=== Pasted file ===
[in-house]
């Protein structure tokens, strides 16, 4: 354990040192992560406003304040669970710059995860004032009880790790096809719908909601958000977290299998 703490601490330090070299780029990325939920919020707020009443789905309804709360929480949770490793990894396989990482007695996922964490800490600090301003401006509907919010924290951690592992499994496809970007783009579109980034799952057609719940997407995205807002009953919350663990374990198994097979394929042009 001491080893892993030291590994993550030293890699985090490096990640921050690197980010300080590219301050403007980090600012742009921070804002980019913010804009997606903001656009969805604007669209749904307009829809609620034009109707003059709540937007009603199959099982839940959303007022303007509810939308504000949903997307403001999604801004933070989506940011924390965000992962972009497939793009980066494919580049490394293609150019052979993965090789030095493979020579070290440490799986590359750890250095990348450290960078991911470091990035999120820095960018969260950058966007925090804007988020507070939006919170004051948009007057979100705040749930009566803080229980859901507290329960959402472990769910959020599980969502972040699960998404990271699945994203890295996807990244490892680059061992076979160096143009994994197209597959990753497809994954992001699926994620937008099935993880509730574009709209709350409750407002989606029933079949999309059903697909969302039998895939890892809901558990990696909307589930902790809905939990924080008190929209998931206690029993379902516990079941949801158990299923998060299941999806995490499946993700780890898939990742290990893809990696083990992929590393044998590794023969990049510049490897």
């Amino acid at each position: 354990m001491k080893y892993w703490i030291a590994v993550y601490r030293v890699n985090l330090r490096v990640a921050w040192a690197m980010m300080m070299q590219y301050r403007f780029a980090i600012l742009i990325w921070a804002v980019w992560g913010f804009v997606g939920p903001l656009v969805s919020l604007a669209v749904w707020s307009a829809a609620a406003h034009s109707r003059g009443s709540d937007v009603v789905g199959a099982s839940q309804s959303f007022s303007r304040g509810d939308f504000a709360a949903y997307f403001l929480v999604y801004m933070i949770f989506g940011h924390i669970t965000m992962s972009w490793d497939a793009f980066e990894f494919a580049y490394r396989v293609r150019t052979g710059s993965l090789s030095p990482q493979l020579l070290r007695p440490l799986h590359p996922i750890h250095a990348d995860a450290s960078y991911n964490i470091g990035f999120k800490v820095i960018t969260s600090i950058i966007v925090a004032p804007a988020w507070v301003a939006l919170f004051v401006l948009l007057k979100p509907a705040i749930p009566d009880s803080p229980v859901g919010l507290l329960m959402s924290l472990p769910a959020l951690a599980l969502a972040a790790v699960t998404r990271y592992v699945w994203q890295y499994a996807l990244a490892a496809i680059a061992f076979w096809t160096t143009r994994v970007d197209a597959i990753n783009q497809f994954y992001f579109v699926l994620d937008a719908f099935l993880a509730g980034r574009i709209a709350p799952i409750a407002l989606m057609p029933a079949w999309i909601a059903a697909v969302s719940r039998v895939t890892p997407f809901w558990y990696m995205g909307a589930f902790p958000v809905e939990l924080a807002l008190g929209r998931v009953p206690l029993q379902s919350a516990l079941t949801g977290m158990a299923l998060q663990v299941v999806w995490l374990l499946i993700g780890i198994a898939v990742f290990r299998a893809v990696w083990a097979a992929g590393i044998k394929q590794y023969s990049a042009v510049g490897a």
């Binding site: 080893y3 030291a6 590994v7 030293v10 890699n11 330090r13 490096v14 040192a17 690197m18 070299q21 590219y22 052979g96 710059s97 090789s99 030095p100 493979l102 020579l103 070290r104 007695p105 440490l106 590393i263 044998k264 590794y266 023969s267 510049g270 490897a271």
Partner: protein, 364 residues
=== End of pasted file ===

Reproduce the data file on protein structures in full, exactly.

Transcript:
[in-house]
């Protein structure tokens, strides 16, 4: 354990040192992560406003304040669970710059995860004032009880790790096809719908909601958000977290299998 703490601490330090070299780029990325939920919020707020009443789905309804709360929480949770490793990894396989990482007695996922964490800490600090301003401006509907919010924290951690592992499994496809970007783009579109980034799952057609719940997407995205807002009953919350663990374990198994097979394929042009 001491080893892993030291590994993550030293890699985090490096990640921050690197980010300080590219301050403007980090600012742009921070804002980019913010804009997606903001656009969805604007669209749904307009829809609620034009109707003059709540937007009603199959099982839940959303007022303007509810939308504000949903997307403001999604801004933070989506940011924390965000992962972009497939793009980066494919580049490394293609150019052979993965090789030095493979020579070290440490799986590359750890250095990348450290960078991911470091990035999120820095960018969260950058966007925090804007988020507070939006919170004051948009007057979100705040749930009566803080229980859901507290329960959402472990769910959020599980969502972040699960998404990271699945994203890295996807990244490892680059061992076979160096143009994994197209597959990753497809994954992001699926994620937008099935993880509730574009709209709350409750407002989606029933079949999309059903697909969302039998895939890892809901558990990696909307589930902790809905939990924080008190929209998931206690029993379902516990079941949801158990299923998060299941999806995490499946993700780890898939990742290990893809990696083990992929590393044998590794023969990049510049490897």
């Amino acid at each position: 354990m001491k080893y892993w703490i030291a590994v993550y601490r030293v890699n985090l330090r490096v990640a921050w040192a690197m980010m300080m070299q590219y301050r403007f780029a980090i600012l742009i990325w921070a804002v980019w992560g913010f804009v997606g939920p903001l656009v969805s919020l604007a669209v749904w707020s307009a829809a609620a406003h034009s109707r003059g009443s709540d937007v009603v789905g199959a099982s839940q309804s959303f007022s303007r304040g509810d939308f504000a709360a949903y997307f403001l929480v999604y801004m933070i949770f989506g940011h924390i669970t965000m992962s972009w490793d497939a793009f980066e990894f494919a580049y490394r396989v293609r150019t052979g710059s993965l090789s030095p990482q493979l020579l070290r007695p440490l799986h590359p996922i750890h250095a990348d995860a450290s960078y991911n964490i470091g990035f999120k800490v820095i960018t969260s600090i950058i966007v925090a004032p804007a988020w507070v301003a939006l919170f004051v401006l948009l007057k979100p509907a705040i749930p009566d009880s803080p229980v859901g919010l507290l329960m959402s924290l472990p769910a959020l951690a599980l969502a972040a790790v699960t998404r990271y592992v699945w994203q890295y499994a996807l990244a490892a496809i680059a061992f076979w096809t160096t143009r994994v970007d197209a597959i990753n783009q497809f994954y992001f579109v699926l994620d937008a719908f099935l993880a509730g980034r574009i709209a709350p799952i409750a407002l989606m057609p029933a079949w999309i909601a059903a697909v969302s719940r039998v895939t890892p997407f809901w558990y990696m995205g909307a589930f902790p958000v809905e939990l924080a807002l008190g929209r998931v009953p206690l029993q379902s919350a516990l079941t949801g977290m158990a299923l998060q663990v299941v999806w995490l374990l499946i993700g780890i198994a898939v990742f290990r299998a893809v990696w083990a097979a992929g590393i044998k394929q590794y023969s990049a042009v510049g490897a």
């Binding site: 080893y3 030291a6 590994v7 030293v10 890699n11 330090r13 490096v14 040192a17 690197m18 070299q21 590219y22 052979g96 710059s97 090789s99 030095p100 493979l102 020579l103 070290r104 007695p105 440490l106 590393i263 044998k264 590794y266 023969s267 510049g270 490897a271």
Partner: protein, 364 residues